Congress must remember feeding children is doing God's work
Last updated 9/19/2019 at 11:20am
What could be more important than how we care for our children? Pragmatists recognize that how we treat our children today in their dependency will shape how they treat us tomorrow in our old age. People of faith recognize all God’s children are just that — created in the Creator’s image. High-minded folks appreciate our most worthy charge as a society is to care well for all our children. Followers of Christ, observe, Jesus fed the hungry and taught us to do the same.
While we may come at caring for children from different starting points, we all know in our depths that the policies and practices we choose reflect our values as a nation. In a state where 1 in 7 children live in homes that experience food insecurity, the Montana Association of Christians urges Sens. Daines, R-Mont. and Tester, D-Mont. to hold this truth close as Child Nutrition Reauthorization legislation comes back into focus.
CNR is a complex and vital act, which provides the framework for necessary safeguards against hunger for our smallest Montanans. CNR is an investment in families and public health — in crime prevention and national defense. And it is a message to every young person in this country that we take seriously the moral imperative of closing gaps in basic needs. That every child is precious and deserves the chance to learn, grow and succeed.
The Federal School Lunch and Breakfast programs are some of the most fundamental pieces of CNR and are among the most effective tools we have in preventing childhood hunger. Nearly 75,000 children, including 46,000 low-income students, access healthy meals in Montana schools through the school lunch program each day. Strong nutrition standards and meaningful reimbursements for meal programs ensure that students have good food in their bellies and go to class able to learn.
Rolled out nationwide in 2014, the Community Eligibility Provision has made these vital programs even more effective. CEP is a tool that allows schools to provide free breakfast and lunch to all students in high-poverty schools and districts. CEP increases participation in meal programs, reduces stigma and reduces burdensome paperwork for families and program administrators. The provision is especially important in Montana’s small rural and tribal areas, where barriers to food access are great and meal programs are sometimes run by few, or even a single, person. Maintaining and strengthening CEP should be a top priority for Montana’s congressional leaders.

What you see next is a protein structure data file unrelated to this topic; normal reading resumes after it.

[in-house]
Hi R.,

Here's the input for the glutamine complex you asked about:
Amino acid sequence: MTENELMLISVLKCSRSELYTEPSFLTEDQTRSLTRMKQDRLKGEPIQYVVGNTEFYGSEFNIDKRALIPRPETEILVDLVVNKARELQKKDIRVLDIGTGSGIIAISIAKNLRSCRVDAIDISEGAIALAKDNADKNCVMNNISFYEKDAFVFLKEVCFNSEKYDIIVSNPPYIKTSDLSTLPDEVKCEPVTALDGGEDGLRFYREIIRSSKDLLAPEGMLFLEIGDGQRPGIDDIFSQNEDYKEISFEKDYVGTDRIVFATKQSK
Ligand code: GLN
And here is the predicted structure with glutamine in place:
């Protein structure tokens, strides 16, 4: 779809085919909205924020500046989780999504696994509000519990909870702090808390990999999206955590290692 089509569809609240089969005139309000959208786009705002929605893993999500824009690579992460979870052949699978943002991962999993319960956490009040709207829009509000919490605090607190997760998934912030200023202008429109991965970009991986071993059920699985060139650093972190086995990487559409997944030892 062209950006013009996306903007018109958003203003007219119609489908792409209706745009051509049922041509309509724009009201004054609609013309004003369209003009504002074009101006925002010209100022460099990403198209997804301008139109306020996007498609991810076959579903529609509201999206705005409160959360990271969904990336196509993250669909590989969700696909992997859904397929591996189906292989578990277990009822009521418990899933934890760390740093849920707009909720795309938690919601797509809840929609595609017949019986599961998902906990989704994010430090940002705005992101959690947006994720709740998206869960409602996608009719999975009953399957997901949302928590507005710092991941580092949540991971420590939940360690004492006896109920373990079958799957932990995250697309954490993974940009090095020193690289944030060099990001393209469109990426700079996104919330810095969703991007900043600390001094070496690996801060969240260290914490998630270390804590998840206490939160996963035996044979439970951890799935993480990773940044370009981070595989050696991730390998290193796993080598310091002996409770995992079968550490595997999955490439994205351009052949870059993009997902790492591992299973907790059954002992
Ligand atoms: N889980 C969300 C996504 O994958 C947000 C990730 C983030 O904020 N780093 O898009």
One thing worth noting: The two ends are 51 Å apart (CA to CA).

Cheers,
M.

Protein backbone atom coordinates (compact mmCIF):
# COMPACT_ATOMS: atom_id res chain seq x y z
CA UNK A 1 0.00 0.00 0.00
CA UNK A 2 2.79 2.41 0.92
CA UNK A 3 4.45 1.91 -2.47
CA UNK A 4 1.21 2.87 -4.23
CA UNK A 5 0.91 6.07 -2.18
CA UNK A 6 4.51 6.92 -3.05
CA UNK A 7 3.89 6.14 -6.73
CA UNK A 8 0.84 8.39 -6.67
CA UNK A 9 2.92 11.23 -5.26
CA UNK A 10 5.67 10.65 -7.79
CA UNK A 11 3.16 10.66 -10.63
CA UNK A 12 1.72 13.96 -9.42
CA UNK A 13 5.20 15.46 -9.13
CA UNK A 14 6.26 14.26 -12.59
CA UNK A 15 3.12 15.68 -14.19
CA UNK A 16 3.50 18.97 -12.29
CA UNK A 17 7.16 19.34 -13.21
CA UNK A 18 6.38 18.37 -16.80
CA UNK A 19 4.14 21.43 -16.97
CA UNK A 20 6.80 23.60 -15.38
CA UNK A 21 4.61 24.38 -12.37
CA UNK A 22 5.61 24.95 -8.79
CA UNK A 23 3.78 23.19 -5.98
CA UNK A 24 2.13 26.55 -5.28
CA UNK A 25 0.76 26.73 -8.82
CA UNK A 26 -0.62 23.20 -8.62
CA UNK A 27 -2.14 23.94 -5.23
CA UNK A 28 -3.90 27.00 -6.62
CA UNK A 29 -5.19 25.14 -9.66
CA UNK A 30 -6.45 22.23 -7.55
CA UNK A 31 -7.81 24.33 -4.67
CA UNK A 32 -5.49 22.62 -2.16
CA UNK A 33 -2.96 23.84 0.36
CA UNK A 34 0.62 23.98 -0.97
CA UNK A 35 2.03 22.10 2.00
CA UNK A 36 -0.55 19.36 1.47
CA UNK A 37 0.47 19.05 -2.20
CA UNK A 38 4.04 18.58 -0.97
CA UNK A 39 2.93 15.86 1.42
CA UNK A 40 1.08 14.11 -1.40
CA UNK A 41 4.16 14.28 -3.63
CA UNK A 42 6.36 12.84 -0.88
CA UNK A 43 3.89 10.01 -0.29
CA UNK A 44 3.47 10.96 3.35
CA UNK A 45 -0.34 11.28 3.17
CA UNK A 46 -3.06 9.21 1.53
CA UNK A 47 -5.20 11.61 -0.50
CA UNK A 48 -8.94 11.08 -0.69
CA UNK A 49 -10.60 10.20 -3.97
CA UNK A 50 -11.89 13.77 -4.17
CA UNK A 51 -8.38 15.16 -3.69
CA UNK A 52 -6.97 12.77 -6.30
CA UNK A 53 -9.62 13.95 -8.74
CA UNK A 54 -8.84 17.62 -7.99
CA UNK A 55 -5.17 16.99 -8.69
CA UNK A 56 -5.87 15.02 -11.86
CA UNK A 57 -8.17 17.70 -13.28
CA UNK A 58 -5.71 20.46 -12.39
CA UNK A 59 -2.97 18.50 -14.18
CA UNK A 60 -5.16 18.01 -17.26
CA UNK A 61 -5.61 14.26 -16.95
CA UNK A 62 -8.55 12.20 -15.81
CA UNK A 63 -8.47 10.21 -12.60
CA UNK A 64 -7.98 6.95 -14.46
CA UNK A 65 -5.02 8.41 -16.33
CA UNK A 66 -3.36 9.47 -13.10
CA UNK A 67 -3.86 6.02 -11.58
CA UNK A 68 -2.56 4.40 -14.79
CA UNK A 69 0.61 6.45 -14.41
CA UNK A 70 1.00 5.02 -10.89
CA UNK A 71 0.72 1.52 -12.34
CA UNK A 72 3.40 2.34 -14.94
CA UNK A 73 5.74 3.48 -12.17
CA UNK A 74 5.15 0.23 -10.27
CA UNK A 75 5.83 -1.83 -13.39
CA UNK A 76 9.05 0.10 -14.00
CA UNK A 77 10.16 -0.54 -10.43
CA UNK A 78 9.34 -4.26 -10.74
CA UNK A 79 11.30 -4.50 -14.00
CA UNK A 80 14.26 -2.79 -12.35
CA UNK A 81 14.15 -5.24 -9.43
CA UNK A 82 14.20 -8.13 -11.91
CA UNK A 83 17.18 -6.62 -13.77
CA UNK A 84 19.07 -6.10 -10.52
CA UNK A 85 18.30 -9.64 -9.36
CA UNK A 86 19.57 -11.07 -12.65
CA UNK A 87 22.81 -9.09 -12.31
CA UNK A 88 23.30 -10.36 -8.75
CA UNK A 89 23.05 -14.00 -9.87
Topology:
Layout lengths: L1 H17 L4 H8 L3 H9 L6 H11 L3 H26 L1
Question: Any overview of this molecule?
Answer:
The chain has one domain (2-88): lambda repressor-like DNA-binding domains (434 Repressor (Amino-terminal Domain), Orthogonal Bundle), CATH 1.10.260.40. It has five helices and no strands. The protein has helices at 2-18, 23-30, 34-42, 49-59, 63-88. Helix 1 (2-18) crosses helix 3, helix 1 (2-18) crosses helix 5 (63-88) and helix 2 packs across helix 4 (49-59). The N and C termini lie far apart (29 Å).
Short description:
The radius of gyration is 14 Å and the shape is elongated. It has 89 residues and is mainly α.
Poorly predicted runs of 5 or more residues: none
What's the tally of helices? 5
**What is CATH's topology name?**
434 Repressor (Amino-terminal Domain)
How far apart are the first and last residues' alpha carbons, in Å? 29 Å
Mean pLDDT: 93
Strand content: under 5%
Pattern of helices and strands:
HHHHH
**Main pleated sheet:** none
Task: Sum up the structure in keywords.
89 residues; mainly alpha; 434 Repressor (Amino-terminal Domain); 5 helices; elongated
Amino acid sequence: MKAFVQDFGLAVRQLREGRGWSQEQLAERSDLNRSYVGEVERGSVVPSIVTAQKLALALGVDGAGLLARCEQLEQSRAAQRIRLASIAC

Also within CNR is the Special Supplemental Nutrition Program for Women Infants and Children, or WIC. WIC has been supporting the health and nutrition outcomes of income-qualifying families for 45 years. WIC provides supplementary foods that are nutritionally specific for early development. WIC also offers support to new parents, screens for numerous health indicators, provides important educational resources and reinforces the safety net for young families who are struggling economically. Through CNR, we have the opportunity to ensure that more children and families are served by this vital program.
The Montana Association of Christians believes all Christians mean it when praying, “Thy Kingdom come, Thy will be done on earth as it is in Heaven.” Rejoicing with families who can and do provide well for their children, the Montana Association of Christians believes we share in the responsibility to safeguard all our children against hunger in every Montana community. Child Nutrition Reauthorization is an opportunity to work in partnership — across aisles for children across the state.
We are grateful for the work of our senators and urge them both to represent what is in the best interest of our state and nation. Sens. Daines and Tester, please support a strong CNR that maintains and improves CEP, strengthens WIC and that builds upon the successes of this important and effective legislation. Our kids are counting on you.
The Rev. Kendra Wilde, Montana Association of Christians president
The Rev. Marc Stewart, D.Min., MAC president-elect
The Rev. Valerie Webster, MAC council member